One should, however, question how else the modern workspace itself might be calibrated for flexibility, adaptability, and longevity. Rather than construct new physical spaces, it may be possible to adaptively reuse existing spaces, and to utilize alternate forms of boundary — be they psychological, visual, or ritual — to provide the requisite divisions of time and space. One might argue that the strict thresholds established by Freud in his live and work spaces, meant to isolate psychoanalysis from writing and mental impulses from consciousness, were his own constructs – personal myths – that served their purpose only because he willed them to. Much as a Japanese koshi lattice, so minimal as to visually obstruct nothing, whispers into being a distinct spatial separation — so can ritual create both passage and separation between work and home life. Therein lies the potential for poetry in the pragmatism of this age-old typology. No more the physical walls and thresholds that define one space, one facet of identity from another. These two worlds can be created, dissolved, brought in perfect harmony by a cup of coffee, by playing a certain song, or by the simple act of picking up a pen.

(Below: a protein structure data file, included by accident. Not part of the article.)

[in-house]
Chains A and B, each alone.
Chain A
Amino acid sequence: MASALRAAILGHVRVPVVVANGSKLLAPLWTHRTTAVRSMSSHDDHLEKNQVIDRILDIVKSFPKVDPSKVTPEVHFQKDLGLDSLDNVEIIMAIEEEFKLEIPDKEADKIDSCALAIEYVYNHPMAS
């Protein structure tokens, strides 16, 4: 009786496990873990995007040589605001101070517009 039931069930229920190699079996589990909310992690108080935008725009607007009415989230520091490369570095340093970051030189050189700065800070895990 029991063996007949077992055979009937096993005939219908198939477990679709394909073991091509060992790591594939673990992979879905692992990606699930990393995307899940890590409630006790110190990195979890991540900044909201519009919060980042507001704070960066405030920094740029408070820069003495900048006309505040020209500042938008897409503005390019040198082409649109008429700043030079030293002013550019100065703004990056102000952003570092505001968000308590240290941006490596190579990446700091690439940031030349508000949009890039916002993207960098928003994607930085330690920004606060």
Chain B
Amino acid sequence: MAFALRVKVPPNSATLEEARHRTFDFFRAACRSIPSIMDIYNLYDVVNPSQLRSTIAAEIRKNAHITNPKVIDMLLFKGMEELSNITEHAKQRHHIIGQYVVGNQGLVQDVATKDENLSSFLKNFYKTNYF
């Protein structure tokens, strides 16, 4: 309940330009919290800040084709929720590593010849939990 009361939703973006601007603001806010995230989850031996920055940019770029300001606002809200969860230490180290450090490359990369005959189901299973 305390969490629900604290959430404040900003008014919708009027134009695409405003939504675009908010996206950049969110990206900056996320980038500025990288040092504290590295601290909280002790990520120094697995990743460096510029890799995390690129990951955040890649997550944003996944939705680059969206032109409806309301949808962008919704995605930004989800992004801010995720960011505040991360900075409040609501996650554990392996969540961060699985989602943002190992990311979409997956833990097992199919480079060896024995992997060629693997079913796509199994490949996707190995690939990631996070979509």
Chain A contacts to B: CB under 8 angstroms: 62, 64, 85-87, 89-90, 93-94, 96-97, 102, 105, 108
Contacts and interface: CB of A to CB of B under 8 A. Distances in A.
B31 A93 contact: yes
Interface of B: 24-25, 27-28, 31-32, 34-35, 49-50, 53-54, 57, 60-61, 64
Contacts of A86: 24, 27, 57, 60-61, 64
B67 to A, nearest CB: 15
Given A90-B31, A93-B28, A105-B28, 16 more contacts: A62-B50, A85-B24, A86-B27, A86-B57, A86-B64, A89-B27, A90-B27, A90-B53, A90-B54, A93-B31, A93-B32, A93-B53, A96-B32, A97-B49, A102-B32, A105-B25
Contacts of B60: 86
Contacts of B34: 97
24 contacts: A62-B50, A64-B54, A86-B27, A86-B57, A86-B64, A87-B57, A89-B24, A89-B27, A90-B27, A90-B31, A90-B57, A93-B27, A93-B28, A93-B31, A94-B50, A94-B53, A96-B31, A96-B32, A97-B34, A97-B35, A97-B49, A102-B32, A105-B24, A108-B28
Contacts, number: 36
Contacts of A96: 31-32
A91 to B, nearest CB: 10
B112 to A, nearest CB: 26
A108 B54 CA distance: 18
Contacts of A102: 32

LEE ANNE SHAFFER
i The term “workhome” is currently in use by Dr. Frances Holliss and the Workhome Project at London Metropolitan University, among others.
ii The following pattern types and descriptions have been condensed from the more extensive WORKHOME study, with additional examples provided from outside the study.